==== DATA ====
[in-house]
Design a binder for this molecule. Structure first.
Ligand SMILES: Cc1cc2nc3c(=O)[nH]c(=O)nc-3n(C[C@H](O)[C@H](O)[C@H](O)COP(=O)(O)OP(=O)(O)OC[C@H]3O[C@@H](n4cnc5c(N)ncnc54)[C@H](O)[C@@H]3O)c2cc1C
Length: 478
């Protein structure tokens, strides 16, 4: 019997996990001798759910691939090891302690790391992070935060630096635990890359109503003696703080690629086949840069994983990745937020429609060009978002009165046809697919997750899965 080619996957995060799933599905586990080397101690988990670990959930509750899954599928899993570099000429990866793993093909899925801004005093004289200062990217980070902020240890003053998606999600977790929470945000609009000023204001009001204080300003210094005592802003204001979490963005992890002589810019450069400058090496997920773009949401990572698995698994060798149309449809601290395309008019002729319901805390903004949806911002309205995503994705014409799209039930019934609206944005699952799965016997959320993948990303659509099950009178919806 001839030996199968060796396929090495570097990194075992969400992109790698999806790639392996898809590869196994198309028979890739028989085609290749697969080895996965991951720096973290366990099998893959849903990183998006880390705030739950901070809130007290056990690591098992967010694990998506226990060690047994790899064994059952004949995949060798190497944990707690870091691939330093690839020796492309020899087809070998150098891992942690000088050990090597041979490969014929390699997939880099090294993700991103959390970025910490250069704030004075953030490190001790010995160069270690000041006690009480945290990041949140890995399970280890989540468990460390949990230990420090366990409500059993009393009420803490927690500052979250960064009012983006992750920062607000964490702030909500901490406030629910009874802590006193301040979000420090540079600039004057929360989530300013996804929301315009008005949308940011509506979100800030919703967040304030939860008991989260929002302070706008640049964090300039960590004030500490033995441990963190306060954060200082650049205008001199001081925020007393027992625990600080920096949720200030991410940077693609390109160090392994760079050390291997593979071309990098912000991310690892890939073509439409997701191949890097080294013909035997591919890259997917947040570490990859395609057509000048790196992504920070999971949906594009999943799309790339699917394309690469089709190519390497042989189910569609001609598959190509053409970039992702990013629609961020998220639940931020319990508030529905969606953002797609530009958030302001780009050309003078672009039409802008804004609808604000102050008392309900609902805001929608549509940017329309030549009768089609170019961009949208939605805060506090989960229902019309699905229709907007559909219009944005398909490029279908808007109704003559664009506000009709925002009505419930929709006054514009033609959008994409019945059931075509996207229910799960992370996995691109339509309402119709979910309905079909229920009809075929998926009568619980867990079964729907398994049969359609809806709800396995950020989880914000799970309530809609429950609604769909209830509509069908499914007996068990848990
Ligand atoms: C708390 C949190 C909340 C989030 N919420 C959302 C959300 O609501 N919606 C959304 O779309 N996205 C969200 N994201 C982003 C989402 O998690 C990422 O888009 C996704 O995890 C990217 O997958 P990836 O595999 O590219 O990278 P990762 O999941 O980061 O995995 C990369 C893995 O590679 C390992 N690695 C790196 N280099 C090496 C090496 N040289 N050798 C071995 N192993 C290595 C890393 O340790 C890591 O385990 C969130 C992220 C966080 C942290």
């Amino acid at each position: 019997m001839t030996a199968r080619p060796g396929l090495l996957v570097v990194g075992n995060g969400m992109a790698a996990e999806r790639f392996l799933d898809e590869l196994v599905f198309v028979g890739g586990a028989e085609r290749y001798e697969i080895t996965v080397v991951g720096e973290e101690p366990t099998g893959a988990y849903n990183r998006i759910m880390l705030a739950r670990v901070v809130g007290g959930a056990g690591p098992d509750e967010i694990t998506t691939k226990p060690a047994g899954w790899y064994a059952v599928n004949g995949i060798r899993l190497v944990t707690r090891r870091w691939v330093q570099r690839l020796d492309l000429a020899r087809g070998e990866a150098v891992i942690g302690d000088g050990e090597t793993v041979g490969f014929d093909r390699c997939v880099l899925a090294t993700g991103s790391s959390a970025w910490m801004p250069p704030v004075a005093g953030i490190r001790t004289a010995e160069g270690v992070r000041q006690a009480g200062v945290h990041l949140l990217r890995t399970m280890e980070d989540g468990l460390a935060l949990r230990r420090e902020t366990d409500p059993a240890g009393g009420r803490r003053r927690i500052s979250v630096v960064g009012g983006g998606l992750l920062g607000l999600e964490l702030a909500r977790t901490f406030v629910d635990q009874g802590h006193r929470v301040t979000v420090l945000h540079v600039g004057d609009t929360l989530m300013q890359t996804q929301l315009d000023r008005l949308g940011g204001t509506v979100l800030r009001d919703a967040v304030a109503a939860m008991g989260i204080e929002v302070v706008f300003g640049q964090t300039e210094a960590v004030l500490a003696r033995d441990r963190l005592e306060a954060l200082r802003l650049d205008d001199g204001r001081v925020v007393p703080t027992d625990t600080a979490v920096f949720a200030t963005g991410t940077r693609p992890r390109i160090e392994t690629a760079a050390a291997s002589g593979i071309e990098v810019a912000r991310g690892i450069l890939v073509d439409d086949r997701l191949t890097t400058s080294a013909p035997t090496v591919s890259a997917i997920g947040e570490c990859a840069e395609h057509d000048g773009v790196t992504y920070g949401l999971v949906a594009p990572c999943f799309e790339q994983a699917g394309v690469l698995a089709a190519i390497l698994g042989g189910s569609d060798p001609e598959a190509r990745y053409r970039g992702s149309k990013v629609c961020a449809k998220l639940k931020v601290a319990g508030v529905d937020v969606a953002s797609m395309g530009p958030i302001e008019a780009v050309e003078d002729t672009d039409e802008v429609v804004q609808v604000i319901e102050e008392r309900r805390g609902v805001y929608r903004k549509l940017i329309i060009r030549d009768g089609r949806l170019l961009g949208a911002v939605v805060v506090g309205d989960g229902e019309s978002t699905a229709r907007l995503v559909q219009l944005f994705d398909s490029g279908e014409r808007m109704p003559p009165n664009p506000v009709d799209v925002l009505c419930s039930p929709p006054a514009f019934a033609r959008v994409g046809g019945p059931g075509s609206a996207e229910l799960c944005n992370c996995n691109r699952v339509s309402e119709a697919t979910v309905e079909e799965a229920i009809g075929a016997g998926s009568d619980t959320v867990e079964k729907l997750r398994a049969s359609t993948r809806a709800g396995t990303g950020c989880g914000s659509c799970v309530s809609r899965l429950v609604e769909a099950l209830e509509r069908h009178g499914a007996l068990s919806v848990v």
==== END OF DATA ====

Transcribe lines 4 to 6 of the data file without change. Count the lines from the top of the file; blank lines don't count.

Length: 478
């Protein structure tokens, strides 16, 4: 019997996990001798759910691939090891302690790391992070935060630096635990890359109503003696703080690629086949840069994983990745937020429609060009978002009165046809697919997750899965 080619996957995060799933599905586990080397101690988990670990959930509750899954599928899993570099000429990866793993093909899925801004005093004289200062990217980070902020240890003053998606999600977790929470945000609009000023204001009001204080300003210094005592802003204001979490963005992890002589810019450069400058090496997920773009949401990572698995698994060798149309449809601290395309008019002729319901805390903004949806911002309205995503994705014409799209039930019934609206944005699952799965016997959320993948990303659509099950009178919806 001839030996199968060796396929090495570097990194075992969400992109790698999806790639392996898809590869196994198309028979890739028989085609290749697969080895996965991951720096973290366990099998893959849903990183998006880390705030739950901070809130007290056990690591098992967010694990998506226990060690047994790899064994059952004949995949060798190497944990707690870091691939330093690839020796492309020899087809070998150098891992942690000088050990090597041979490969014929390699997939880099090294993700991103959390970025910490250069704030004075953030490190001790010995160069270690000041006690009480945290990041949140890995399970280890989540468990460390949990230990420090366990409500059993009393009420803490927690500052979250960064009012983006992750920062607000964490702030909500901490406030629910009874802590006193301040979000420090540079600039004057929360989530300013996804929301315009008005949308940011509506979100800030919703967040304030939860008991989260929002302070706008640049964090300039960590004030500490033995441990963190306060954060200082650049205008001199001081925020007393027992625990600080920096949720200030991410940077693609390109160090392994760079050390291997593979071309990098912000991310690892890939073509439409997701191949890097080294013909035997591919890259997917947040570490990859395609057509000048790196992504920070999971949906594009999943799309790339699917394309690469089709190519390497042989189910569609001609598959190509053409970039992702990013629609961020998220639940931020319990508030529905969606953002797609530009958030302001780009050309003078672009039409802008804004609808604000102050008392309900609902805001929608549509940017329309030549009768089609170019961009949208939605805060506090989960229902019309699905229709907007559909219009944005398909490029279908808007109704003559664009506000009709925002009505419930929709006054514009033609959008994409019945059931075509996207229910799960992370996995691109339509309402119709979910309905079909229920009809075929998926009568619980867990079964729907398994049969359609809806709800396995950020989880914000799970309530809609429950609604769909209830509509069908499914007996068990848990
Ligand atoms: C708390 C949190 C909340 C989030 N919420 C959302 C959300 O609501 N919606 C959304 O779309 N996205 C969200 N994201 C982003 C989402 O998690 C990422 O888009 C996704 O995890 C990217 O997958 P990836 O595999 O590219 O990278 P990762 O999941 O980061 O995995 C990369 C893995 O590679 C390992 N690695 C790196 N280099 C090496 C090496 N040289 N050798 C071995 N192993 C290595 C890393 O340790 C890591 O385990 C969130 C992220 C966080 C942290």